- Mastopexy (breast lift): Breast lifting is for you if you have saggy breasts with stretched skin, but your breasts still have enough breast tissue to give you good breast volume. During this procedure, an incision is made around your nipple (periareolar incision), and it might be extended vertically to the lower pole of your breasts. Dr Carmen will cut out the excess stretched skin from the bottom of your boobs and then reposition your nipples higher up in their normal position. The remaining breast skin is then pulled together tightly to produce perky and firm boobs.
- Breast augmentation (implants): Breast augmentation, can alone be enough to treat some cases of breast ptosis in women with deflated saggy breasts. Inserting breast implants alone can make your boobs perky and push your nipples upward into a normal position without needing a breast lift. During this surgery, Dr Carmen will either make a periareolar or inframammary incision. She will then create a pocket inside your breast, and insert silicone implants. Breast augmentation gives you larger and perkier boobs that look and feel very natural, with a special focus on outlining your cleavage by giving you upper pole fullness.
- Breast augmentation and Mastopexy: In most women with droopy boobs, breast implants are combined with a breast lift to obtain optimal aesthetic results. This is perfect for women who have saggy and deflated breasts; where the normal breast tissue has shrunk and the skin was left stretched. In these women, Dr Carmen will cut out the excess skin, reposition the nipples, and put implants in to give you a full and perky appearance.
- Breast reduction and Mastopexy: If your breasts are naturally large but are now drooping, you might be a good candidate for breast reduction and lifting. During this procedure, Dr Carmen removes excess breast tissue to reduce your breast size and repositions the breasts and nipples into a higher position while tightening the remaining skin. A breast implant can also be added to this procedure in those who lack upper pole fullness and would like to emphasize their cleavage.
Once you decide that you want to improve the appearance of your breasts, you should come in to see Dr Carmen for a consultation. After examining your breasts and asking you about your desired look, Dr Carmen will give you several options to choose from. You can discuss the options together and come up with a treatment plan that’s perfect for your body.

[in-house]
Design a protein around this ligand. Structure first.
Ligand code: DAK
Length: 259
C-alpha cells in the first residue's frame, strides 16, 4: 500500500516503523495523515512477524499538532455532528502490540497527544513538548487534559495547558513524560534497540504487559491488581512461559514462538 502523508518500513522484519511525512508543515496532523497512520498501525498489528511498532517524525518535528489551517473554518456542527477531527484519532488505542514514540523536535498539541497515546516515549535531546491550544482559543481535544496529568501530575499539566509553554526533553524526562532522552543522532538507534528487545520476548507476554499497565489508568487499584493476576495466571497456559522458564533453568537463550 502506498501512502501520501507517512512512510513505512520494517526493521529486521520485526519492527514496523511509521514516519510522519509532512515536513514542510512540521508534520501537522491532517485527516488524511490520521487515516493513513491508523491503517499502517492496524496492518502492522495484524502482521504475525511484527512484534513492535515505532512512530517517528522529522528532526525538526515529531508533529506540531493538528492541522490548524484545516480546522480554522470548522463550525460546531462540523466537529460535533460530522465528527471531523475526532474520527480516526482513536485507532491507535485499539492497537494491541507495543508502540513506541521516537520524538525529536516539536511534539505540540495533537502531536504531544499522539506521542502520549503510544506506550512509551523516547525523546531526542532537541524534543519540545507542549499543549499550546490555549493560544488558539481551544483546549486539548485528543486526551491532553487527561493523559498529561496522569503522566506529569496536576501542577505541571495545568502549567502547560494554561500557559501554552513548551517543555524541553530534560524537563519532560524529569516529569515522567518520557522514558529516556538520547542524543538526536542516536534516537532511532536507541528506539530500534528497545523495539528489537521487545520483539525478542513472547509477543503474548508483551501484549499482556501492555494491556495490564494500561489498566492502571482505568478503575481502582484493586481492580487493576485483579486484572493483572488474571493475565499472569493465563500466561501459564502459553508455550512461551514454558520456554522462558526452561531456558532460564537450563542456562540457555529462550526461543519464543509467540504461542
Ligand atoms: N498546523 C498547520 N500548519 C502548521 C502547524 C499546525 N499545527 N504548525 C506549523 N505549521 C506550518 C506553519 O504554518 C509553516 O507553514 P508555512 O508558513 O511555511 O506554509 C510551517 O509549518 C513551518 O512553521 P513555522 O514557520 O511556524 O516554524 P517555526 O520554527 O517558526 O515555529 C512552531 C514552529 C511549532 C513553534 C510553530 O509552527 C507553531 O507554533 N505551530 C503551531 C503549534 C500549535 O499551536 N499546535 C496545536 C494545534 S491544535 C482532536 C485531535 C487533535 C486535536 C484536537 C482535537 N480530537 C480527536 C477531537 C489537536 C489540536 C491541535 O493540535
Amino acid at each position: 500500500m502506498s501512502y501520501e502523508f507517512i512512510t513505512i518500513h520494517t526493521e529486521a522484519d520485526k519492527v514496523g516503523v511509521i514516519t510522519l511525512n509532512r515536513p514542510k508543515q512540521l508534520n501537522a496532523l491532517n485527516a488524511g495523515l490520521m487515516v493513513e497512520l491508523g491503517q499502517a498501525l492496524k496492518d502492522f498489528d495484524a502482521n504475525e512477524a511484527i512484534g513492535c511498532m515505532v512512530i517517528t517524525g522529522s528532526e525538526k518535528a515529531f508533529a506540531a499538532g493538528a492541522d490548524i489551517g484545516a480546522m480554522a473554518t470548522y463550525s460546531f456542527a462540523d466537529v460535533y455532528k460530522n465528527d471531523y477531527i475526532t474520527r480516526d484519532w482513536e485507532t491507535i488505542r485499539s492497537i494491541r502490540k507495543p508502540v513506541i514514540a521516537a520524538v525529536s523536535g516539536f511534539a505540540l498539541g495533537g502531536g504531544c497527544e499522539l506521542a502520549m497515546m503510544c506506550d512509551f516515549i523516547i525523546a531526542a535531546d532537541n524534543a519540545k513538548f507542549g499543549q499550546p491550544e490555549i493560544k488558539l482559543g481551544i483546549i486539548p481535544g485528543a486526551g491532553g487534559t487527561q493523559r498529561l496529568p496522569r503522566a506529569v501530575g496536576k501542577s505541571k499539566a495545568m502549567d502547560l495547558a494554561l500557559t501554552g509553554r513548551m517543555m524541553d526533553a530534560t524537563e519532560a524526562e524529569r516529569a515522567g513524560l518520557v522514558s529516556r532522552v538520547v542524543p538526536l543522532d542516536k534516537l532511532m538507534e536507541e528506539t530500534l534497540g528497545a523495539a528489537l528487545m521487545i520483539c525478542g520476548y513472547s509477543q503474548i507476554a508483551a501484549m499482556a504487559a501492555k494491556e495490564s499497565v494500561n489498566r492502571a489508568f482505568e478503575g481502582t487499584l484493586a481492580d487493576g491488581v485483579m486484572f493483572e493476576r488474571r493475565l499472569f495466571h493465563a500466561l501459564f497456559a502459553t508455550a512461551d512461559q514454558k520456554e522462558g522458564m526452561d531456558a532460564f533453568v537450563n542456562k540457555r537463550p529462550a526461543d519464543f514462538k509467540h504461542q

How can you prevent breast sagging?
Sadly, there is no way to completely prevent breast ptosis, however, there are a few things that you can do to help delay the process or lower its severity. Here are a few suggestions:
- Maintain a healthy posture: Bending forward or chronically sitting in bent postures will exacerbate the effect of gravity on your breasts. Try to sit up with straight shoulders to give your breasts more natural support.
- Avoid weight fluctuations: As already mentioned, losing or gaining a lot of weight can stretch out your breast and contribute to breast ptosis, especially if your weight is changing fast. Try to maintain a healthy weight, and if you want to shed off some fat, do so at a slow healthy pace, especially after pregnancy.
- Stay hydrated: As you might already know, drinking enough water is essential to keep healthy skin. Make sure you’re always hydrated so that you can preserve your skin elasticity.
- Don’t smoke: Smoking causes rapid skin ageing and loss of skin elasticity, and it’s an important contributor to breast ptosis.
- Chest muscle exercise: This does not make saggy breasts perky again, however, it can give your chest a better form and can help provide more support for your breasts.
Is breast ptosis covered by medicare or health insurance?
All women who come to us seeking treatment for saggy breasts ask about the cost of surgery and if it’s covered by Medicare or insurance. Breast lifting (mastopexy) might be partially covered by medicare if you have moderate to severe breast ptosis after pregnancy. In order to be eligible, the surgery must be performed no sooner than 1 year or later than 7 years after your last pregnancy. Combining breast lifting with augmentation using implants or fat transfer might, however, not be covered, and would incur more costs. Breast lifting and implants are generally found to be affordable by most of our patients. There are several financing options available to make the choice easier for you.
Frequently Asked Questions – About Breast Ptosis & Breast Surgery
Does breast lifting leave a scar?
- Yes, like any other surgical procedure, breast lifting leaves a scar. The size and location of your scar depend on the specific procedure(s) you’re getting. There’s usually a circular scar hidden in the pigmented skin around your nipple (areola), and extending in a thin line on the lower pole of your breast. An inframammary scar might also be left, however, it will be well hidden below your breast. Scars usually become less apparent with time, and we offer several post-surgical treatments to help make them fade away faster.
Does wearing a bra prevent breast ptosis?
- There’s still no solid data to confirm if wearing a bra or not affects breast drooping. Some experts claim that wearing a bra reduces the tension on your breast ligaments and prevents them from stretching, while others claim that leaving your breasts free strengthens your ligaments and prevents sagging. For now, wearing a bra or not is not considered an important factor when it comes to droopy breasts.
Are there non-surgical ways to make saggy boobs perky again?
- Right now, the only real effective way to treat breast ptosis is through plastic surgery.
Is a breast lift permanent?
- Almost all our patients ask how long a breast lift will last. The short answer is that it’s variable. It depends on the size of your breasts, your lifestyle habits, and your skin elasticity. In most cases, breast lift results last for at least a few years before needing a “touch-up”.
Further Reading – Medical Sources:
- MBS Online for Medicare Benefits Schedule – Item 45558
- ScienceDirect on Breast Ptosis: Definition and Treatment
- Aesthetic Surgery Journal on A Classification and Algorithm for Treatment of Breast Ptosis
- RealSelf – Breast Lift: What You Need to Know
- Aesthetic Surgery Journal on Is One-Stage Breast Augmentation With Mastopexy Safe and Effective? A Review of 186 Primary Cases
Further Reading about Body Procedures with Dr Carmen
- Read Dr Carmen’s Blog about Compression Garments after Body Lift
- Read Dr Carmen’s Blog about How Can I Reduce Swelling and Bruising After Body Lift Surgery
- Read Dr Carmen’s Blog about How to Reduce Scars after Body Lift Surgery